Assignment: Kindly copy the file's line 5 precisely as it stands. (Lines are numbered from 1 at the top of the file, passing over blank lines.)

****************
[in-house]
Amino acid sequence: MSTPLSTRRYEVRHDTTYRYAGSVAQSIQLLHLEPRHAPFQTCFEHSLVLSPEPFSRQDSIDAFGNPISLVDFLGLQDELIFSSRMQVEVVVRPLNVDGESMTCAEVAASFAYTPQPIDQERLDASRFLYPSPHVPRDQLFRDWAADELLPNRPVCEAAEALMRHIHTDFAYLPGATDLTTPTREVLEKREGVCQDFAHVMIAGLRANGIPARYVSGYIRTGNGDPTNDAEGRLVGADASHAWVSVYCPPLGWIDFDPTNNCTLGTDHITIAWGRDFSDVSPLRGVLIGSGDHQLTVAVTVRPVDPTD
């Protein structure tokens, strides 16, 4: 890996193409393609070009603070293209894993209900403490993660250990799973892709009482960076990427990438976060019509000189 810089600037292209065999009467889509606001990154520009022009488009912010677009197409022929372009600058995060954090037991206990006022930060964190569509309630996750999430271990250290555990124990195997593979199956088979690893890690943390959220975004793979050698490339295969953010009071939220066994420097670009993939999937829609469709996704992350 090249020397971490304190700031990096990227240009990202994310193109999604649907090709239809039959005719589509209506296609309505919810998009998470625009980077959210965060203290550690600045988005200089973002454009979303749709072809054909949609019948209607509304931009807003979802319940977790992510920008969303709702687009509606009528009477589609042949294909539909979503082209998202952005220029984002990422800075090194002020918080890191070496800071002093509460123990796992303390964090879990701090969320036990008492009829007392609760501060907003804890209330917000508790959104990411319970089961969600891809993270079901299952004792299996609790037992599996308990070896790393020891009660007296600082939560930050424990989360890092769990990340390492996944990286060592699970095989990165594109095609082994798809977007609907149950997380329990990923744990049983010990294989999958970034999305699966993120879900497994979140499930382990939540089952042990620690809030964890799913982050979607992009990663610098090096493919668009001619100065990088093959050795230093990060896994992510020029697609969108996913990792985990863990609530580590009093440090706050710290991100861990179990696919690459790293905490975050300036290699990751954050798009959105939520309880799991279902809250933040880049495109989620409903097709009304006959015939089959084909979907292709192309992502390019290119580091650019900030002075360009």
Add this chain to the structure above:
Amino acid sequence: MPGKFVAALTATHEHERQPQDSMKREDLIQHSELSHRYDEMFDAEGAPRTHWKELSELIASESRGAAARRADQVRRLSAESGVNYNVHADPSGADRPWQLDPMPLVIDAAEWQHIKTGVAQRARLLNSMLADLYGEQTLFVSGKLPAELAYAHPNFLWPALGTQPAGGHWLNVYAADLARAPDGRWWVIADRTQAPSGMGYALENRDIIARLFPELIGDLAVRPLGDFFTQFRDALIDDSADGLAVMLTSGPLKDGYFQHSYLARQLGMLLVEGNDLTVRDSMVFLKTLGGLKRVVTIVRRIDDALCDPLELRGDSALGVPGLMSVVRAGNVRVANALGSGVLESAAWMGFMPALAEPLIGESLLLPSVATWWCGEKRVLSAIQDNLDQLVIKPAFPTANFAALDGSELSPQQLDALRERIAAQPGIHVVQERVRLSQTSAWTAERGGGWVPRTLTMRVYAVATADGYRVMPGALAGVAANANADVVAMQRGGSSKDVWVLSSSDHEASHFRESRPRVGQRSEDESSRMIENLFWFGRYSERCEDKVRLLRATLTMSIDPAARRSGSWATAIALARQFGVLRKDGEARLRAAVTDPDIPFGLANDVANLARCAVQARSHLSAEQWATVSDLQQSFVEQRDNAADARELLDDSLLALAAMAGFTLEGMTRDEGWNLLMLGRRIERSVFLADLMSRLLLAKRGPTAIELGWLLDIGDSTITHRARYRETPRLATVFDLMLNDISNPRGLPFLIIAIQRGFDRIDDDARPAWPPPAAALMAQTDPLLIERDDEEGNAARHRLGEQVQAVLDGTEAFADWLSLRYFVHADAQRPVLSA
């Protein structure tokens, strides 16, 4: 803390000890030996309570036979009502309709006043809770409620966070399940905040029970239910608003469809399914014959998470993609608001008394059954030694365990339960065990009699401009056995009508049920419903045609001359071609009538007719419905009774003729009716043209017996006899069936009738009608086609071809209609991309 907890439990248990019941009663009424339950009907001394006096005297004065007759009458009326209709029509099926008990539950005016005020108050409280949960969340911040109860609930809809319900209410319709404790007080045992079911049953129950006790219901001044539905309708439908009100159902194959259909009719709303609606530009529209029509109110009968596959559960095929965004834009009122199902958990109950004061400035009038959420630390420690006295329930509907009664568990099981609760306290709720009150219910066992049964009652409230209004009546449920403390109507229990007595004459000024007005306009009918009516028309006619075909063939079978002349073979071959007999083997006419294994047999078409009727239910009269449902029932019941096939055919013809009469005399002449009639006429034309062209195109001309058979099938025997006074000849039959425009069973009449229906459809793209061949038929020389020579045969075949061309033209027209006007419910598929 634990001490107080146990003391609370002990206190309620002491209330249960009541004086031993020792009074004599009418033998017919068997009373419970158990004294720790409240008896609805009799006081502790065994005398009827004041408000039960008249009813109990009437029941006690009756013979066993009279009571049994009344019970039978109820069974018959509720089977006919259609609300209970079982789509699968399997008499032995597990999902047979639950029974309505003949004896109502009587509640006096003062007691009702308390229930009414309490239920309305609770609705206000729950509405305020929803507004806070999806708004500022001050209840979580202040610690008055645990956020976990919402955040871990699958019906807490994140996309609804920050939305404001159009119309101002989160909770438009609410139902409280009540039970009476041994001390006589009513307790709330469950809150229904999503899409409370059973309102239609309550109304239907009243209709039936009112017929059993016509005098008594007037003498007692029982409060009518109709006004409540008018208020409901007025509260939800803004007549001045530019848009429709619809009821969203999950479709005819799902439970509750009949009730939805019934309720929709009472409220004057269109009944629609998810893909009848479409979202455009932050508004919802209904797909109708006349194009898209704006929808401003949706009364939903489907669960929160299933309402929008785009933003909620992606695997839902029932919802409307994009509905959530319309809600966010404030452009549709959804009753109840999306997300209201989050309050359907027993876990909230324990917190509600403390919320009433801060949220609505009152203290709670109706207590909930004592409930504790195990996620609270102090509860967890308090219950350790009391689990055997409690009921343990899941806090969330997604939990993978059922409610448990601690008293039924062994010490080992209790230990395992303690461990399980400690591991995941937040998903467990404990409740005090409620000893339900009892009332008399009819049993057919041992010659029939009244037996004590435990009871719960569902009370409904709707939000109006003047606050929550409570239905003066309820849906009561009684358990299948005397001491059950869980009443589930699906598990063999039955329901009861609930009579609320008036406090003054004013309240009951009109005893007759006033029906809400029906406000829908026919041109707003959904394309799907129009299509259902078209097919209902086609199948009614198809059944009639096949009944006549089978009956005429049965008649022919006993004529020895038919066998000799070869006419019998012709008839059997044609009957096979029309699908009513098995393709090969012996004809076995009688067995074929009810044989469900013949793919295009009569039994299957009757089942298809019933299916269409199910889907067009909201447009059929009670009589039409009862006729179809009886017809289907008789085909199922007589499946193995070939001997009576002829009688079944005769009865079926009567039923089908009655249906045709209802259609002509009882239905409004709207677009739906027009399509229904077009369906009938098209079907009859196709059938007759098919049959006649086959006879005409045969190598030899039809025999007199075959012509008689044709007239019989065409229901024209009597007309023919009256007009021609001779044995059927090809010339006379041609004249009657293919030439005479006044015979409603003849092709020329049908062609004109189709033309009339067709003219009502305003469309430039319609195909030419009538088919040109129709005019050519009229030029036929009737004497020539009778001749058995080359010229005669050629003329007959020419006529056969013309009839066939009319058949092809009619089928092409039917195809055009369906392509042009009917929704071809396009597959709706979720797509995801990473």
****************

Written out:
Amino acid sequence: MPGKFVAALTATHEHERQPQDSMKREDLIQHSELSHRYDEMFDAEGAPRTHWKELSELIASESRGAAARRADQVRRLSAESGVNYNVHADPSGADRPWQLDPMPLVIDAAEWQHIKTGVAQRARLLNSMLADLYGEQTLFVSGKLPAELAYAHPNFLWPALGTQPAGGHWLNVYAADLARAPDGRWWVIADRTQAPSGMGYALENRDIIARLFPELIGDLAVRPLGDFFTQFRDALIDDSADGLAVMLTSGPLKDGYFQHSYLARQLGMLLVEGNDLTVRDSMVFLKTLGGLKRVVTIVRRIDDALCDPLELRGDSALGVPGLMSVVRAGNVRVANALGSGVLESAAWMGFMPALAEPLIGESLLLPSVATWWCGEKRVLSAIQDNLDQLVIKPAFPTANFAALDGSELSPQQLDALRERIAAQPGIHVVQERVRLSQTSAWTAERGGGWVPRTLTMRVYAVATADGYRVMPGALAGVAANANADVVAMQRGGSSKDVWVLSSSDHEASHFRESRPRVGQRSEDESSRMIENLFWFGRYSERCEDKVRLLRATLTMSIDPAARRSGSWATAIALARQFGVLRKDGEARLRAAVTDPDIPFGLANDVANLARCAVQARSHLSAEQWATVSDLQQSFVEQRDNAADARELLDDSLLALAAMAGFTLEGMTRDEGWNLLMLGRRIERSVFLADLMSRLLLAKRGPTAIELGWLLDIGDSTITHRARYRETPRLATVFDLMLNDISNPRGLPFLIIAIQRGFDRIDDDARPAWPPPAAALMAQTDPLLIERDDEEGNAARHRLGEQVQAVLDGTEAFADWLSLRYFVHADAQRPVLSA